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Older people aren't just worried about fairness, and are far less concerned about opportunity (that was in the past!) as they are about their personal security, which goes beyond their health care and pension payments. By older people I mean retirees, those portions of the French electorate (in fact the only one if memory served) who voted majoritarily for Sarkozy in 2007. They are also worried about social cohesion, expressed in terms of defence of values sometimes, other times expressed in terms of identity politics (French versus immigrants, et c.)

But are these priorities due to them being old or due to them being of the particular generation that they are? That is, will all people, on average, tend to adopt these priorities as they age, in which case a greater share of elderly people must be accounted for in terms of political strategy. Or is the fact that the elderly have these priorities an accident of history, which would imply that long-term strategy should be centered around meeting the priorities of the next generation of the electorate (since the present generation of elderly, not to put too fine a point upon it, won't be around to vote in the long run).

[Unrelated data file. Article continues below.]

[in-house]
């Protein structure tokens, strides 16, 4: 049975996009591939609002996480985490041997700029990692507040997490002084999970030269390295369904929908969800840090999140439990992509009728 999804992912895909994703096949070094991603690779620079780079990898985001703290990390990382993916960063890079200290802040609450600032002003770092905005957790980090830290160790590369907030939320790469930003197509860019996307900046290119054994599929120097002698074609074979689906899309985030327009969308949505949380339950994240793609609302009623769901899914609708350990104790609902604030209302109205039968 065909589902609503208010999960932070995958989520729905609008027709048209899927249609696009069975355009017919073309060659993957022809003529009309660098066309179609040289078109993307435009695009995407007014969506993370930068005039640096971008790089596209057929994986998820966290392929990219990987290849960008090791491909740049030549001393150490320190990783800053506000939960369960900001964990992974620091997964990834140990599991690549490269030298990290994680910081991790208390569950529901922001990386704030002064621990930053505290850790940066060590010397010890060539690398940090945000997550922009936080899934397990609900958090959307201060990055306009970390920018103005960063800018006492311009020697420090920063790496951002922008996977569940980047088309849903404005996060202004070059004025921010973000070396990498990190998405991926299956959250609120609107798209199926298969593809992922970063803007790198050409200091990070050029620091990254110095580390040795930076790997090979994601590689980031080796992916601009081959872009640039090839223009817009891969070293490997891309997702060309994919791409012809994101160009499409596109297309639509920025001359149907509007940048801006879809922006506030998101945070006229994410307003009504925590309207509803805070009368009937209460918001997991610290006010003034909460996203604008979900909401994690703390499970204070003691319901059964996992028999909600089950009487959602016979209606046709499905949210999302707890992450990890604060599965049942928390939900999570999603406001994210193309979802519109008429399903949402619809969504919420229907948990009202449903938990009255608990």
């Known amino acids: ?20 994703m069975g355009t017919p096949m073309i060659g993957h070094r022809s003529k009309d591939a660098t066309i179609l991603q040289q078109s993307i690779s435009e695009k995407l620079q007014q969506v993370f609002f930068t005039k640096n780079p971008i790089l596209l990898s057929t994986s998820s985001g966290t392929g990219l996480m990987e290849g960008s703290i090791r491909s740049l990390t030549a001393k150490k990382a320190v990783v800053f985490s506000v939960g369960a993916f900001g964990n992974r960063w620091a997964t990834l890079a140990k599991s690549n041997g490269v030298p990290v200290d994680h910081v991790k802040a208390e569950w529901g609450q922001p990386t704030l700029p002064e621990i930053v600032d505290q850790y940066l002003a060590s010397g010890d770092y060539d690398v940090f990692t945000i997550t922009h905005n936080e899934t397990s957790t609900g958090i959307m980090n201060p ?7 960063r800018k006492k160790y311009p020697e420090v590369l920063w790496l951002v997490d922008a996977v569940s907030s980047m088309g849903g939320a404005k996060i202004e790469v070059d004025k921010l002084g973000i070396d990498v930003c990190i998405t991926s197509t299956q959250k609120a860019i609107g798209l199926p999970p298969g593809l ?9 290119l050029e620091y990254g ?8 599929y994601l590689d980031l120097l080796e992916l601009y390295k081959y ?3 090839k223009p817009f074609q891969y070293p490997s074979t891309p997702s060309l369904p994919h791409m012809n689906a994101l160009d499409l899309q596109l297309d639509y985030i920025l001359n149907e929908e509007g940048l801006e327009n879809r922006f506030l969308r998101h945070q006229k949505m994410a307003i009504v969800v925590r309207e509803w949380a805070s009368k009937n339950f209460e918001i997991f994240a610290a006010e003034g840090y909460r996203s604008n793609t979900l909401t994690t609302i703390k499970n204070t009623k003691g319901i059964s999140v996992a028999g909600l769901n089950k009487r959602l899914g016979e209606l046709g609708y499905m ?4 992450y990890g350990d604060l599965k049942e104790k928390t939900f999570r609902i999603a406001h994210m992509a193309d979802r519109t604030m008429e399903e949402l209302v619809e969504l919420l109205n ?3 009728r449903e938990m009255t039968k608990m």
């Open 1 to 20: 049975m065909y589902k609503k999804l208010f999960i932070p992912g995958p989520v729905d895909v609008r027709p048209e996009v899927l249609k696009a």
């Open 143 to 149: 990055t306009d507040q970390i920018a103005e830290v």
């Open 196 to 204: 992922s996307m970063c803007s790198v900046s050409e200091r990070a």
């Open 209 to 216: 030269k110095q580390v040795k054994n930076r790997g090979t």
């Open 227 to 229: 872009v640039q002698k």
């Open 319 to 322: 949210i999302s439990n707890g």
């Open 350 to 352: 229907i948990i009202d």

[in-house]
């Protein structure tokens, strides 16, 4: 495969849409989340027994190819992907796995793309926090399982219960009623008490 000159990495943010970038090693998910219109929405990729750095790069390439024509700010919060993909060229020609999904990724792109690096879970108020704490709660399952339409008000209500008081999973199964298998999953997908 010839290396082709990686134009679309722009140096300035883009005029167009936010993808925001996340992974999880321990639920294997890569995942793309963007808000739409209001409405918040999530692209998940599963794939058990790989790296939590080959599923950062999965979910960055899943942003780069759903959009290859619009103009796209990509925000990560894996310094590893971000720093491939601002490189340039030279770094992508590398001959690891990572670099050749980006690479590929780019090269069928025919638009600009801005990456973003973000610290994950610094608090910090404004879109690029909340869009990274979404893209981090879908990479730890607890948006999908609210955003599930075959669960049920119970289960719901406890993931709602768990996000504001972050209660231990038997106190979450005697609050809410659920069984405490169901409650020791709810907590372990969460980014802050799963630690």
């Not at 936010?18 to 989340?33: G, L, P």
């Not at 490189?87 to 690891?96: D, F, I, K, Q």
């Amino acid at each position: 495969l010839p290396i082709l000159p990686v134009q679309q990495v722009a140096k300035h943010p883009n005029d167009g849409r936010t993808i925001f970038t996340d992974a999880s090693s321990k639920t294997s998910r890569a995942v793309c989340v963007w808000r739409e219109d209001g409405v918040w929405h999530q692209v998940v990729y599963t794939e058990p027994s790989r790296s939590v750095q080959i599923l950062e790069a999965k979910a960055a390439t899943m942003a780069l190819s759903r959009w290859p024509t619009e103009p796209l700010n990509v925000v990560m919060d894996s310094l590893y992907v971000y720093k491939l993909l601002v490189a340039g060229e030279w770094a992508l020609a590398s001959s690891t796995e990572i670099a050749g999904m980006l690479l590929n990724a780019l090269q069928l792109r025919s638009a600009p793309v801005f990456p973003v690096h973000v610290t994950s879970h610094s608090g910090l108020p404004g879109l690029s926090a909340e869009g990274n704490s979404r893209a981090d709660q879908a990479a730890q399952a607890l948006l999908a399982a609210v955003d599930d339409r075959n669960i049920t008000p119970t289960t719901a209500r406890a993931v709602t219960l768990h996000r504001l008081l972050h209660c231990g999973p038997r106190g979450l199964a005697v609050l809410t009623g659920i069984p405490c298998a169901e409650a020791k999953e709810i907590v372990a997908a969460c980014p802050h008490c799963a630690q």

- Jake

Friends come and go. Enemies accumulate.

by JakeS (JangoSierra 'at' gmail 'dot' com) on Wed Jan 12th, 2011 at 06:17:07 AM EST
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Its mostly a matter of generation, methinks. French people over 65 have grown up in the 40s and 50s with the Iron Curtain, Cold war, nuclear threat and also all the French colonial wars (Vietnam, Algeria) where the pigmented people are somehow menacing and not quite "French".

In their days, there was (mostly) no ethnic diversity in France; the economy was safely within the nation's border where everybody spoke French. 21st century world is a much scary place for this generation and tough guy macho rhetoric has had some success as seen with Sarko's electoral numbers in 2007.

The generation coming behind (that would be mine) is different: ex-colonies were all independent when I grew up, globalization was well underway even in the 70s and you have to be fluent in English to go anywhere (damn useful to communicate with all kind of people too). This generation is much, much less receptive to the traditional (and xenophobic/racist) right wing discourse.

by Bernard (bernard) on Wed Jan 12th, 2011 at 05:13:14 PM EST
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